Her Majesty’s Australian Ship (HMAS) Melbourne, working for the Combined Maritime Forces (CMF) in the Middle East, has made another seizure of illegal narcotics off the coast of East Africa.
The latest haul of 151 kilograms of high purity heroin has an estimated value of approximately US$80 million. It is HMAS Melbourne’s second significant drugs seizure during her current deployment, working as part of the Combined Task Force (CTF) 150, under the command of Rear Admiral Moazzam Ilyas from the Pakistan Navy. It brings the total weight of heroin seized by HMAS Melbourne during her two months with CTF 150 to more than 578 kilograms.
Following surveillance, it was suspected that a vessel situated off the coast of Tanzania might be engaged in unlawful activity and so HMAS Melbourne conducted a routine boarding of the dhow. Interviews with the dhow’s crew raised further suspicion that the vessel could be involved in the smuggling of narcotics.
Based on the information gathered, CMF approved a search of the vessel. A thorough search by HMAS Melbourne’s boarding team led to the discovery of heroin.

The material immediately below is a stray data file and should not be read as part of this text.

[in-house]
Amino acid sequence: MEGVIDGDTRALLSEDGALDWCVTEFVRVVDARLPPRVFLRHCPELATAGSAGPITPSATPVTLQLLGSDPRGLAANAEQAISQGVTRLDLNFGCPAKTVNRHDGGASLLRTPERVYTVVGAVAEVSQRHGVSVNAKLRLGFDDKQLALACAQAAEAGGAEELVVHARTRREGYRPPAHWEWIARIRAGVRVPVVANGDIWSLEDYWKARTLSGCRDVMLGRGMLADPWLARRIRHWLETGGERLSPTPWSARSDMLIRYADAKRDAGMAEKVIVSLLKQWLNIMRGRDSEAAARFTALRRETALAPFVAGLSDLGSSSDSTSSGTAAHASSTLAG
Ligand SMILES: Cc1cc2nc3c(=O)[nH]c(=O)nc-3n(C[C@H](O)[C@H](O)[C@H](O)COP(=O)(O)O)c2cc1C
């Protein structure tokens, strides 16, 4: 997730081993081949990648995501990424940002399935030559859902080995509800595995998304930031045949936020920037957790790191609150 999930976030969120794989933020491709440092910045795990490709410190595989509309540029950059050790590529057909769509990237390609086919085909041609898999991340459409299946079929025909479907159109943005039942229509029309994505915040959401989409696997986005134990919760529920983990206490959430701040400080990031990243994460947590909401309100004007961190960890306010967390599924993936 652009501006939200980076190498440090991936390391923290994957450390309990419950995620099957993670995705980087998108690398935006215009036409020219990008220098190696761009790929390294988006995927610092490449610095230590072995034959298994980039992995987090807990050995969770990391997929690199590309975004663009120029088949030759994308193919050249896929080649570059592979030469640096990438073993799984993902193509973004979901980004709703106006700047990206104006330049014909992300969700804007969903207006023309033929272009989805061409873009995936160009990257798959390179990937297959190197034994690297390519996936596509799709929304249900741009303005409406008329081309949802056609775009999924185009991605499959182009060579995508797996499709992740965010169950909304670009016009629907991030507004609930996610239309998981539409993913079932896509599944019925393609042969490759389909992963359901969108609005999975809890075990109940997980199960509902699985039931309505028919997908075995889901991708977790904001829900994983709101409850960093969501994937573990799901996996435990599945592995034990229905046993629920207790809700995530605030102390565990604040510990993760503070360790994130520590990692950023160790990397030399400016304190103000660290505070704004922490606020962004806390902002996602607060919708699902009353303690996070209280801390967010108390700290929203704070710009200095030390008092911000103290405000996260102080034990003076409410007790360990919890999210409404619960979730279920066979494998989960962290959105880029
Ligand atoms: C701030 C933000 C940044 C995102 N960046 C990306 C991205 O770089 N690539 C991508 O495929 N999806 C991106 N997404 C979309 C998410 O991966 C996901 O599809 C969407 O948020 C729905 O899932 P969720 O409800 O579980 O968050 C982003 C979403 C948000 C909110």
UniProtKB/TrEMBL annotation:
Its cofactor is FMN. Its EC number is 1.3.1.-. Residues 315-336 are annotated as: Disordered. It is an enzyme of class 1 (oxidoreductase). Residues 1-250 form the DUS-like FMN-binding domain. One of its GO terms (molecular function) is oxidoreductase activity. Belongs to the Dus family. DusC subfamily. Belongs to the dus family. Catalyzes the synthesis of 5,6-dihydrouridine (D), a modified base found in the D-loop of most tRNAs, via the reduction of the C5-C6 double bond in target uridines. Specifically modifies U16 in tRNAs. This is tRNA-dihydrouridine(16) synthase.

Commanding Officer of HMAS Melbourne, Commander Bill Waters, said the smugglers had gone to considerable efforts to conceal the drugs. He said: “On first inspection there were no obvious signs of smuggling. However, our boarding teams are trained to a very high standard and with determination and diligence we were able to locate and extract the narcotics from hidden compartments within the vessel.”
Members of the Ship’s Company in HMAS Melbourne inspect 151 kilograms of heroin discovered in a vessel off the Tanzanian coast.
Once the search was complete, the bags were moved to the flight deck of HMAS Melbourne for testing which confirmed the substance was heroin. The seized drugs were subsequently destroyed at sea and in accordance with procedures, the vessel and crew were released and allowed to continue their journey.
Rear Admiral Ilyas acknowledged the relentless efforts of HMAS Melbourne, saying that: “CTF 150 remains determined to combat the flow of funding to international terrorist organizations. This most recent seizure by HMAS Melbourne is CMF’s tenth successful narcotics seizure this year and it comes as the result of the tenacity of the ship’s command team. Locating a drug smuggling dhow in a large maritime area of over two million square miles is a real challenge.”
Commander Waters said the seizure would make a significant impact. He said: “We are not only stopping the drugs from reaching communities, we are also restricting the funding for international terrorism, which comes from the illegal trade of these types of narcotics.”